Laws Don’t Mean Much Without People Enforcing Them

In the coming days, the Senate will have the opportunity to vote on some extremely important nominees for jobs that protect working people—unless, as has so often happened with important votes, the Senate’s Republican minority blocks the vote from happening in the first place. What’s at stake isn’t just the people nominated, but the very laws they’re being nominated to enforce.

The National Labor Relations Board: Since the 1930s, workers who are subject to abuse on the job have had a federal body tasked with hearing their complaints and remedying them. But right now, the very ability to enforce laws protecting workers’ rights at all is in doubt. As former chair Wilma Liebman notes, the board hasn’t been fully staffed with Senate-confirmed appointees in 10 years and has been in chaos since 2008 thanks to court cases and the refusal of Senate Republicans to allow nominations to proceed. That has real consequences for workers like Marcus Hedger, who was fired for advocating for a union. That’s illegal, but without anyone to enforce the law, it doesn’t matter—it’s as if Hedger’s house had been broken into, and when he called 911, he was told that the police had been shut down.

President Obama has nominated a bipartisan slate of five people to the NLRB, but they have to get Senate confirmation before the board can function.

The Department of Labor: Thomas Perez, currently an assistant Attorney General, is a great choice to be the next Secretary of Labor. He has a long record of enforcing civil rights and workplace law, and last week, his nomination was approved by a Senate committee. So naturally he’s the target of a filibuster threat, for the most tenuous of reasons. But why rush to fill the position? After all, all the Department does is oversee wage and hour laws, workplace safety, medical leave and pensions (among other things).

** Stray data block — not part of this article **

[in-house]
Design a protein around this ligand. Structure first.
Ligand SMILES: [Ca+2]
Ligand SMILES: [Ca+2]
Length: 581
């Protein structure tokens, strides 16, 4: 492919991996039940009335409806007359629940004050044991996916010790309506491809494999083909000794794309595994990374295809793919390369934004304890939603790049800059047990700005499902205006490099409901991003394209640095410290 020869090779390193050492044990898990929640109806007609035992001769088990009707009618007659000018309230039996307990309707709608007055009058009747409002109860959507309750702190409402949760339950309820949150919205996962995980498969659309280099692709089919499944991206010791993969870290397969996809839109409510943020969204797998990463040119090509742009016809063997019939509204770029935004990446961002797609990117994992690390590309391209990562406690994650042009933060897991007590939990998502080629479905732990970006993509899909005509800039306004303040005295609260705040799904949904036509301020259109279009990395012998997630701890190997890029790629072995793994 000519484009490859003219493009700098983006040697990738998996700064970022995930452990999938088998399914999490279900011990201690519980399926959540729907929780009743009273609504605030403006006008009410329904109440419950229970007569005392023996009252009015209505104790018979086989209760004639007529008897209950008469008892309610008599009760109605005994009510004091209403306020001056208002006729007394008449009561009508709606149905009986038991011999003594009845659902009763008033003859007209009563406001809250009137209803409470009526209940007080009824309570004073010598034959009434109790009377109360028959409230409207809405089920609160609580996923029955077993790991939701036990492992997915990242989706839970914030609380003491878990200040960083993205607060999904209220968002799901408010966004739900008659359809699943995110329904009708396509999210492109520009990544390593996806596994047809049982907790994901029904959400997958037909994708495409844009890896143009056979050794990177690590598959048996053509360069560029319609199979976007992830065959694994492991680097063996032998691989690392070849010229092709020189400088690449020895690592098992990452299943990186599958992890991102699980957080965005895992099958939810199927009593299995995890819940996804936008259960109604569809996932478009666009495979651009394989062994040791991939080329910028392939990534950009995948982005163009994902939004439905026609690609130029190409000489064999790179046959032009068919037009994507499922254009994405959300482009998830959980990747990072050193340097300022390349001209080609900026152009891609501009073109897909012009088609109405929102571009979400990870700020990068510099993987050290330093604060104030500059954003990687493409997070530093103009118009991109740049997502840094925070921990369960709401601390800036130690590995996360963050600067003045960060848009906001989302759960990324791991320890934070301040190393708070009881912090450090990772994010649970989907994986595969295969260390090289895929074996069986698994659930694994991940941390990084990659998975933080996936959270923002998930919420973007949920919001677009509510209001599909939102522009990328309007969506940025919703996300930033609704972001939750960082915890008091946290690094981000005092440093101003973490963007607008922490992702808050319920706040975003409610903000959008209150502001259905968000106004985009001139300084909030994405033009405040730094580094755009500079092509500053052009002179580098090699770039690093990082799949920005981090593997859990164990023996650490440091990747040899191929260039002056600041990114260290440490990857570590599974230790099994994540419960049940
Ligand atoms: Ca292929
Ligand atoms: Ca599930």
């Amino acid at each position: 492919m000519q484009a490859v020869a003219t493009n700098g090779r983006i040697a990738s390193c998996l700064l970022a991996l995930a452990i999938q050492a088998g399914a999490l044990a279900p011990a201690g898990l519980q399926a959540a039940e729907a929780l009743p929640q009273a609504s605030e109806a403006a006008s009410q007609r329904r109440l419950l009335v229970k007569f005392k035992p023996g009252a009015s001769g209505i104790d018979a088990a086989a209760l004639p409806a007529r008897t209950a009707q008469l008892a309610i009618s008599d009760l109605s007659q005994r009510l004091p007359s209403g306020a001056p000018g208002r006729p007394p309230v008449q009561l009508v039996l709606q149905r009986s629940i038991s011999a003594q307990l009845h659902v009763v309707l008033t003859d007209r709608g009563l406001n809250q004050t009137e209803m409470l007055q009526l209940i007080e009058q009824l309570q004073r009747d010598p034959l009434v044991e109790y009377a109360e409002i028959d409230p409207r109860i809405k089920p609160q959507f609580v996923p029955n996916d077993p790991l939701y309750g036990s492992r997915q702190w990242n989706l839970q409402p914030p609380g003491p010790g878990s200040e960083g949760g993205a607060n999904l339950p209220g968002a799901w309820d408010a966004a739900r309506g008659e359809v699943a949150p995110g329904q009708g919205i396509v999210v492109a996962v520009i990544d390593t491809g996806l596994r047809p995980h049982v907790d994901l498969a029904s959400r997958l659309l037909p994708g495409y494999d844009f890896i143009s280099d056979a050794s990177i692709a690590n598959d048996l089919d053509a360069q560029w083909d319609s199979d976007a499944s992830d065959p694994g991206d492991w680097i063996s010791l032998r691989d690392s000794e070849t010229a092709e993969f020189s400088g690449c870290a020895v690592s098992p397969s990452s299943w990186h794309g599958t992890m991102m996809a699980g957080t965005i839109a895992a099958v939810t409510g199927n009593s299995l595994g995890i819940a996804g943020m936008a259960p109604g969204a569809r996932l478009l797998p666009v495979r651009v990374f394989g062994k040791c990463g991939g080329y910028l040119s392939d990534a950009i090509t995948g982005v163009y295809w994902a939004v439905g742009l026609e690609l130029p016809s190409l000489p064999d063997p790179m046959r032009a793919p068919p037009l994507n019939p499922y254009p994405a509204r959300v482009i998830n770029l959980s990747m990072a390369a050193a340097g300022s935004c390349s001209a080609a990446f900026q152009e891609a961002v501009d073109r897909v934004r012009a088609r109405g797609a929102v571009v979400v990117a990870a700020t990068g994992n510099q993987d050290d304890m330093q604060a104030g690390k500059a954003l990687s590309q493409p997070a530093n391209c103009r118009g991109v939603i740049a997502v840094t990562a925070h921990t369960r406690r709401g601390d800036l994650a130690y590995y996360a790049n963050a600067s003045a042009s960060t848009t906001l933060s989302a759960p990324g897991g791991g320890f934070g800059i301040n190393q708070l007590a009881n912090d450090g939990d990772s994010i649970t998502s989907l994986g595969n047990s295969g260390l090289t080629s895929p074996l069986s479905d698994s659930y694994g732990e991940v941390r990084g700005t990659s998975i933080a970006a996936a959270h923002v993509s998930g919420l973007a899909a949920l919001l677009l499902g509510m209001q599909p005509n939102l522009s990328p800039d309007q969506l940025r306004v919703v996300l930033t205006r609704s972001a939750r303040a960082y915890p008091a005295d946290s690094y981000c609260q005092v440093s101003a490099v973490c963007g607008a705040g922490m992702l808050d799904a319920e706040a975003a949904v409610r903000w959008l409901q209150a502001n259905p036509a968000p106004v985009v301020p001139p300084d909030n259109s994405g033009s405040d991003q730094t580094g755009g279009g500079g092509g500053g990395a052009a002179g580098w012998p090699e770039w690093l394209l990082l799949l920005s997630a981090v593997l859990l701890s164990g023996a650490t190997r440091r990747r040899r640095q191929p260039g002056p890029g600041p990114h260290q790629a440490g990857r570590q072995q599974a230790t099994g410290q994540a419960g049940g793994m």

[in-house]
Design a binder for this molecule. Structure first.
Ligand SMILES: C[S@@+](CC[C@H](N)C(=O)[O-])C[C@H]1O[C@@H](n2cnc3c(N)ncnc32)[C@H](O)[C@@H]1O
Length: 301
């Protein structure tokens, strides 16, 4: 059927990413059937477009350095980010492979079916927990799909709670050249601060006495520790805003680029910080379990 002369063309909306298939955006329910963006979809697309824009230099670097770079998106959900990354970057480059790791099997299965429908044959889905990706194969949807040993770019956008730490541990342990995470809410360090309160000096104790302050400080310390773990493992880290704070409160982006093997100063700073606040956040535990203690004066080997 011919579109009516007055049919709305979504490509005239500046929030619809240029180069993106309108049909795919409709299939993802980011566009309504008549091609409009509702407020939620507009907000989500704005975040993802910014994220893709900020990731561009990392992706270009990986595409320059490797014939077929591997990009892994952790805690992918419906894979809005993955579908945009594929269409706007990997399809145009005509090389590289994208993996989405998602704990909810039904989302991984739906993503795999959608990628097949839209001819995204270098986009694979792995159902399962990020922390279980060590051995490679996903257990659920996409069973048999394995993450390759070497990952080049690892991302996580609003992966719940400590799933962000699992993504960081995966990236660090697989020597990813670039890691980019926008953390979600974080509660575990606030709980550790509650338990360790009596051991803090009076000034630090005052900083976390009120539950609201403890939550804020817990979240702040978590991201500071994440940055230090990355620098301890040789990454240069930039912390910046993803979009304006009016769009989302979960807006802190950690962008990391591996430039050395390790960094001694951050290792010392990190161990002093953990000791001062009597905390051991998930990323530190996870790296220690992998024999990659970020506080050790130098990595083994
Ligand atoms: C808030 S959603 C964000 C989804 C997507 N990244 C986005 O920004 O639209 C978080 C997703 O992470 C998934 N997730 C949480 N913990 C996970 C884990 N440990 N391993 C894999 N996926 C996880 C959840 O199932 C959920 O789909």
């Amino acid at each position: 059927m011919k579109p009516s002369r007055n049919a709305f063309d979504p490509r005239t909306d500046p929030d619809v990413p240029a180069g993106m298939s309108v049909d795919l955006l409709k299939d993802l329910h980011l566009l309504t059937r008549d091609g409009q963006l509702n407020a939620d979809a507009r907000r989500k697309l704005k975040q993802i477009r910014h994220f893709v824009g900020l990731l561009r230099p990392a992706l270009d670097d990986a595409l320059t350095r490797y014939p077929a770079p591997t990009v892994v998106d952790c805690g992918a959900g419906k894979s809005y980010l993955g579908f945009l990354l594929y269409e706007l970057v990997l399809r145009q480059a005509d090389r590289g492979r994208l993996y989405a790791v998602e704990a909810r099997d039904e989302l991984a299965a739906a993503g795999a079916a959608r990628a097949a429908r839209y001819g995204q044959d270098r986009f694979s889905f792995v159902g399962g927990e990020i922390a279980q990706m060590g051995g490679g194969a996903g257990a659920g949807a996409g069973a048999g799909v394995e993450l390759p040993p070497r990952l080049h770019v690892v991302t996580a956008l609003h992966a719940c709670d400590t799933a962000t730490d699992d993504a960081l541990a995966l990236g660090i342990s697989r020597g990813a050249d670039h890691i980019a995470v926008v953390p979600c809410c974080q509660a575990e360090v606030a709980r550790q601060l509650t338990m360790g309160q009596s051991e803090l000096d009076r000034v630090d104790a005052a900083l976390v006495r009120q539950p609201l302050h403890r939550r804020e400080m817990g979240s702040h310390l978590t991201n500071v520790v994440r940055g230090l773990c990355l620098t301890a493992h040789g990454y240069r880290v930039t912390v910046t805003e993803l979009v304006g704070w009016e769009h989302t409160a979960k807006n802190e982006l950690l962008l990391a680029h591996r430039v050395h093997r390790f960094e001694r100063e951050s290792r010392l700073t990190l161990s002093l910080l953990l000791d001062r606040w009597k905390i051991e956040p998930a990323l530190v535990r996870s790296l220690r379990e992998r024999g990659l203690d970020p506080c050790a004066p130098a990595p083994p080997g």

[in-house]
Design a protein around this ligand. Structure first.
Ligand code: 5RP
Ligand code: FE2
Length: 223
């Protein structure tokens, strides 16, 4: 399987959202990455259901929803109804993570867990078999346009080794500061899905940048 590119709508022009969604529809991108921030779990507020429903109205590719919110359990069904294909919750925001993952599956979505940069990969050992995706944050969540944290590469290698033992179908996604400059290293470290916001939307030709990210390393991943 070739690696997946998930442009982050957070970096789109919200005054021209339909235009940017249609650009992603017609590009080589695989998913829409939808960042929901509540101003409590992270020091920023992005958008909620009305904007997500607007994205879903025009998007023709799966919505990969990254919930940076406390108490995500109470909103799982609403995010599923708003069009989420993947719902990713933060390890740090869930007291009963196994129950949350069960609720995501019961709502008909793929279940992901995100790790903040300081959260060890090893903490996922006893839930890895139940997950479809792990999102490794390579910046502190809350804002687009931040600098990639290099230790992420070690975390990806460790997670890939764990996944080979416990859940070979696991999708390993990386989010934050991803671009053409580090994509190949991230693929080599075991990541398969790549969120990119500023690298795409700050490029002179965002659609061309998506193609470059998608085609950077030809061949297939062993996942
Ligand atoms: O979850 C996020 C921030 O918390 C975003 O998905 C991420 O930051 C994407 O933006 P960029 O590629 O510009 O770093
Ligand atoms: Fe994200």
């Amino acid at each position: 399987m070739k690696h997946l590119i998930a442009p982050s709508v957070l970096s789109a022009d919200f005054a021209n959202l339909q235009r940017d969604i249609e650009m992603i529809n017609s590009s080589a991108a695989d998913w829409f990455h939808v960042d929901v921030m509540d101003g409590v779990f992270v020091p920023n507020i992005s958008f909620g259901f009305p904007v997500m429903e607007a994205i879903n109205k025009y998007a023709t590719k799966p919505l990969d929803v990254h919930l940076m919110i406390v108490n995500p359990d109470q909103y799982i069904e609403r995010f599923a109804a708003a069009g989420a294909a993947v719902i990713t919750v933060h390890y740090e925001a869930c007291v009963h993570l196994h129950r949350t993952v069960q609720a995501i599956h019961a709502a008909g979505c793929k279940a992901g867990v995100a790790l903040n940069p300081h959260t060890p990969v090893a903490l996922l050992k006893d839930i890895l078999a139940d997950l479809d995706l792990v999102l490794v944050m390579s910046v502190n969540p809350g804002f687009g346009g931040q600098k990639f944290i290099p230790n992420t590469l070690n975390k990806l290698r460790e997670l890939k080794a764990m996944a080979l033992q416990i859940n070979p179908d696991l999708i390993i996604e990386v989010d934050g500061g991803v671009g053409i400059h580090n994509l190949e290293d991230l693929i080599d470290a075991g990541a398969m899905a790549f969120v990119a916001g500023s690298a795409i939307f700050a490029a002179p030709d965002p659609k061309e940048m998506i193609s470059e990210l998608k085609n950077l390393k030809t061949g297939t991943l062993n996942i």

The CFPB: Here we go again. This week Sen. Harry Reid, the majority leader, will schedule a vote on Richard Cordray’s nomination to head the Consumer Financial Protection Board. The CFPB is a huge success—one of the best things to come out of the 2010 Wall Street reform bill that most Senate Republicans opposed. Rather than let a duly-passed law take effect, Republicans are attempting to nullify it by preventing a vote on Cordray. Without a director, the CFPB can’t do its job.

By blocking these nominees, Senate Republicans are wiping the laws they’re meant to enforce off the books without taking a single vote. These are laws that protect people from mistreatment by corporations that have enormous power over their lives. This is not an accident—Senate Republicans know exactly what they’re doing here.

The first attempt at fixing the Senate’s nominations process this year fell flat. Sen. Reid is looking at the possibility of giving filibuster reform another try. As Ed Kilgore notes, it’s about time.